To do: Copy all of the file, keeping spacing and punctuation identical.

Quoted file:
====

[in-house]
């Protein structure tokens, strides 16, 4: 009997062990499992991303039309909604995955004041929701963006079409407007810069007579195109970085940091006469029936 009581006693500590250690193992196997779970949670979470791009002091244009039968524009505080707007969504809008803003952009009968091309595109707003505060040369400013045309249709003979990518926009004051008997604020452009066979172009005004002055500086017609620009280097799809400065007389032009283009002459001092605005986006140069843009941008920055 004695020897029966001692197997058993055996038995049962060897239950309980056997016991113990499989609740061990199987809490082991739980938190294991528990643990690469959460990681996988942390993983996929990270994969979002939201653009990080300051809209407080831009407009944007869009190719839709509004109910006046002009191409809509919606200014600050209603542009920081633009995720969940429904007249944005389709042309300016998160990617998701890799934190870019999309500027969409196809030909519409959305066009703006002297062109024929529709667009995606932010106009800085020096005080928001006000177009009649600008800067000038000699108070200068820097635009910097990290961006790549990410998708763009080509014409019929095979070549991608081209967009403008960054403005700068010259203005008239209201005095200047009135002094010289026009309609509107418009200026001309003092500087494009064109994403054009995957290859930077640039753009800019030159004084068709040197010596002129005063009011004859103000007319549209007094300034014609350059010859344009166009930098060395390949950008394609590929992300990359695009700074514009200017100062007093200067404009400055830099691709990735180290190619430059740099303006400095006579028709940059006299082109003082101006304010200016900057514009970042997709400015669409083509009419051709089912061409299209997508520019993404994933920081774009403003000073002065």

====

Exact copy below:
[in-house]
């Protein structure tokens, strides 16, 4: 009997062990499992991303039309909604995955004041929701963006079409407007810069007579195109970085940091006469029936 009581006693500590250690193992196997779970949670979470791009002091244009039968524009505080707007969504809008803003952009009968091309595109707003505060040369400013045309249709003979990518926009004051008997604020452009066979172009005004002055500086017609620009280097799809400065007389032009283009002459001092605005986006140069843009941008920055 004695020897029966001692197997058993055996038995049962060897239950309980056997016991113990499989609740061990199987809490082991739980938190294991528990643990690469959460990681996988942390993983996929990270994969979002939201653009990080300051809209407080831009407009944007869009190719839709509004109910006046002009191409809509919606200014600050209603542009920081633009995720969940429904007249944005389709042309300016998160990617998701890799934190870019999309500027969409196809030909519409959305066009703006002297062109024929529709667009995606932010106009800085020096005080928001006000177009009649600008800067000038000699108070200068820097635009910097990290961006790549990410998708763009080509014409019929095979070549991608081209967009403008960054403005700068010259203005008239209201005095200047009135002094010289026009309609509107418009200026001309003092500087494009064109994403054009995957290859930077640039753009800019030159004084068709040197010596002129005063009011004859103000007319549209007094300034014609350059010859344009166009930098060395390949950008394609590929992300990359695009700074514009200017100062007093200067404009400055830099691709990735180290190619430059740099303006400095006579028709940059006299082109003082101006304010200016900057514009970042997709400015669409083509009419051709089912061409299209997508520019993404994933920081774009403003000073002065």